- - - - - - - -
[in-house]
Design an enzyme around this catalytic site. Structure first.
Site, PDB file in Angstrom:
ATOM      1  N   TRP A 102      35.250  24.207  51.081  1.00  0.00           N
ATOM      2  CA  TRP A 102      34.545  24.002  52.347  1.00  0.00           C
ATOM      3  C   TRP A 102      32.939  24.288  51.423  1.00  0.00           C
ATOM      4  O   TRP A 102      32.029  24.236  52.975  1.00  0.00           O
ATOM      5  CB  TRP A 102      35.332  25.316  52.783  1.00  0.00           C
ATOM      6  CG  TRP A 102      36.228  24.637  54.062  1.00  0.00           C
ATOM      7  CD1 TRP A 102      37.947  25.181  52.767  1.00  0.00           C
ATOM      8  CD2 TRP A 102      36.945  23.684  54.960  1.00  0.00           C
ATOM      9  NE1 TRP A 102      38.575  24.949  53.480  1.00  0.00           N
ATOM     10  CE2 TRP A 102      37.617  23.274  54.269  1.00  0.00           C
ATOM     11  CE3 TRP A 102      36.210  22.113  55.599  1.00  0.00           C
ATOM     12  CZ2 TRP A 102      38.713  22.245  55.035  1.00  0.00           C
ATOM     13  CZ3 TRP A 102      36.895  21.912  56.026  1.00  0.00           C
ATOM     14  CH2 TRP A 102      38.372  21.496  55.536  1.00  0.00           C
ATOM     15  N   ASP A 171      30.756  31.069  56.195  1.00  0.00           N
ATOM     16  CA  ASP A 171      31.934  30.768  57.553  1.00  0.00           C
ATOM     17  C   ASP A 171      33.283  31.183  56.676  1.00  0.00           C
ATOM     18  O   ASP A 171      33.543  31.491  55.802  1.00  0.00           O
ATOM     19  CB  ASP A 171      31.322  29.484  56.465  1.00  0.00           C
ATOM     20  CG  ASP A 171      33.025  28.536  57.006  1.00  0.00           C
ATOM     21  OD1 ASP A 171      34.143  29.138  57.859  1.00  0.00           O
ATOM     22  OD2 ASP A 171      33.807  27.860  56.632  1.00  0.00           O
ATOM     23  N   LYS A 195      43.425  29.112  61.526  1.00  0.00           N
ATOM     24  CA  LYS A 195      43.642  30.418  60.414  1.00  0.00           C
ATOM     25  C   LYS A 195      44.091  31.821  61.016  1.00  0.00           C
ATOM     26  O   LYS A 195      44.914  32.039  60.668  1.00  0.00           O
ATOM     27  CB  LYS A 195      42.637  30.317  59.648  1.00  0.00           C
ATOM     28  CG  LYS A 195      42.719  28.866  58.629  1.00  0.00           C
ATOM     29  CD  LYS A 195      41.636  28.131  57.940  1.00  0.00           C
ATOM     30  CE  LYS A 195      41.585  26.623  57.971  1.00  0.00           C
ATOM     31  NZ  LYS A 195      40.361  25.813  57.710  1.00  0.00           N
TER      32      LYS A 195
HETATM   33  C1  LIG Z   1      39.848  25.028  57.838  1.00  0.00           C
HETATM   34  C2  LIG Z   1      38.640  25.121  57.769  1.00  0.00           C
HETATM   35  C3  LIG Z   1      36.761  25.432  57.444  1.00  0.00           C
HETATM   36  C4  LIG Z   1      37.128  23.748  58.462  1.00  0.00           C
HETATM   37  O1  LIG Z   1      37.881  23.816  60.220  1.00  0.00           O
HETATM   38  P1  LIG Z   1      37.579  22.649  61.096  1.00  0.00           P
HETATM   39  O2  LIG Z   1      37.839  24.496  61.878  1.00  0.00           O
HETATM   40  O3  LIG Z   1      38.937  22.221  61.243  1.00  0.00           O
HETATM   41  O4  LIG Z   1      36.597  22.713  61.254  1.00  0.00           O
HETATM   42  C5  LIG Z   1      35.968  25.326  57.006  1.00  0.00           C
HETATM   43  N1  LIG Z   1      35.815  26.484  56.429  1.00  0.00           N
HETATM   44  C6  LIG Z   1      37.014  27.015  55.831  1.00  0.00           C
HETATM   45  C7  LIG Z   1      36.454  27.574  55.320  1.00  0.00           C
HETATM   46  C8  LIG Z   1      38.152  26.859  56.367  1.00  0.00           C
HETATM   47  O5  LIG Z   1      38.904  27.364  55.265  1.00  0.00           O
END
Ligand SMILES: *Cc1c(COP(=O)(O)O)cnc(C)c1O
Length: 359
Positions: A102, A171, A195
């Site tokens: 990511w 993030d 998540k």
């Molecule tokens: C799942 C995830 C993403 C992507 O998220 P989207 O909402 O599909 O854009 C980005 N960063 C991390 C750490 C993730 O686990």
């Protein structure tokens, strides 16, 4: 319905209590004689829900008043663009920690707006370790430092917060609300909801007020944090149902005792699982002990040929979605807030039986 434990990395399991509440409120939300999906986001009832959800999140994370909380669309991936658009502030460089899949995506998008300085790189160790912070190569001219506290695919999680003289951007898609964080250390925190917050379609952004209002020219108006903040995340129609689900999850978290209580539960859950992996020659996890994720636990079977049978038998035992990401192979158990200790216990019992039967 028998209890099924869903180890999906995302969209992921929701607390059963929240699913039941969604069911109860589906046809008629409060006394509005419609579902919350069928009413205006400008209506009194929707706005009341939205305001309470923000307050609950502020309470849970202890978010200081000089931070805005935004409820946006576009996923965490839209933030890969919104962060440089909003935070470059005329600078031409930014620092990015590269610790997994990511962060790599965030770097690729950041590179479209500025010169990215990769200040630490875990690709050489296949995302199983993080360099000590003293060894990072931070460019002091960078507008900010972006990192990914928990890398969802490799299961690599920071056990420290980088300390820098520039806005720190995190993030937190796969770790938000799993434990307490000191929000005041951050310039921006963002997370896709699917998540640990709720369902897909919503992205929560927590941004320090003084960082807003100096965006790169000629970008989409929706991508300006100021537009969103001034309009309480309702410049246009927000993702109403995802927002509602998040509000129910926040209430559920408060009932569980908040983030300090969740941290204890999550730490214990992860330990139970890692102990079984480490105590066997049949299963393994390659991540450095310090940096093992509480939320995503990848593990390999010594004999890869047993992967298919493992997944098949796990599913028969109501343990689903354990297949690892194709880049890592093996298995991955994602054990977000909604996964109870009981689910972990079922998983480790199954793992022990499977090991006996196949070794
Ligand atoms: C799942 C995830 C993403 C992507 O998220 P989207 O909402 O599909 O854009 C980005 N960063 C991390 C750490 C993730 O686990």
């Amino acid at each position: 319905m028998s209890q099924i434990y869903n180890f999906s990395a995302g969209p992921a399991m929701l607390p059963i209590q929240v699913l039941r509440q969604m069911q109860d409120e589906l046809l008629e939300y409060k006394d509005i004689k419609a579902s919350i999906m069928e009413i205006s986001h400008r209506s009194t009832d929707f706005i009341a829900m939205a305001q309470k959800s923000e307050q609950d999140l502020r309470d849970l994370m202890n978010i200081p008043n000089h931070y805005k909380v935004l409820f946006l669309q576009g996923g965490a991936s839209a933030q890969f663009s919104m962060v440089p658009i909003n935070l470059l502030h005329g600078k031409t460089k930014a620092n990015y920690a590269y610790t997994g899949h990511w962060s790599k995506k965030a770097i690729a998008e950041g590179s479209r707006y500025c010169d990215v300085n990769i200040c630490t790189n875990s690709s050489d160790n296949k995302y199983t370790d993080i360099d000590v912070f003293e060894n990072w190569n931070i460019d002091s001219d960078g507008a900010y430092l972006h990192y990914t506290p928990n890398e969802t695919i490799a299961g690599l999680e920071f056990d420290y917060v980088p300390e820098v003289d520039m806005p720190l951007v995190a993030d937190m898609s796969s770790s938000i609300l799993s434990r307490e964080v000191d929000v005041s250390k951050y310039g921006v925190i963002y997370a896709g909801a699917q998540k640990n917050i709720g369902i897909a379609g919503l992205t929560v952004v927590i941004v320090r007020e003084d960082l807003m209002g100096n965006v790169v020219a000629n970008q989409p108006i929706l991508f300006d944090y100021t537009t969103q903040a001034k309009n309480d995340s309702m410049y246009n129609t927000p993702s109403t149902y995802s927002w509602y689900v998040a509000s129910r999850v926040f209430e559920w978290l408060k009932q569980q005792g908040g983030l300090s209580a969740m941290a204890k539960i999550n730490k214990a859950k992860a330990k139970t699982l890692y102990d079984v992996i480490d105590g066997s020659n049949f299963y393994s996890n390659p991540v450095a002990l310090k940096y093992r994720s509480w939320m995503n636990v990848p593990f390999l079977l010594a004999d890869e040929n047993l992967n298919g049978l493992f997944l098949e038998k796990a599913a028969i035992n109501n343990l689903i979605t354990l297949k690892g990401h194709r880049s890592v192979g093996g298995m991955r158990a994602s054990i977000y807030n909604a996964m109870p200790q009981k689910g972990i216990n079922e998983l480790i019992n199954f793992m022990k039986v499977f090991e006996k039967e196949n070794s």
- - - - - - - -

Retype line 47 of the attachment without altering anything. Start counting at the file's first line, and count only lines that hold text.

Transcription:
HETATM   44  C6  LIG Z   1      37.014  27.015  55.831  1.00  0.00           C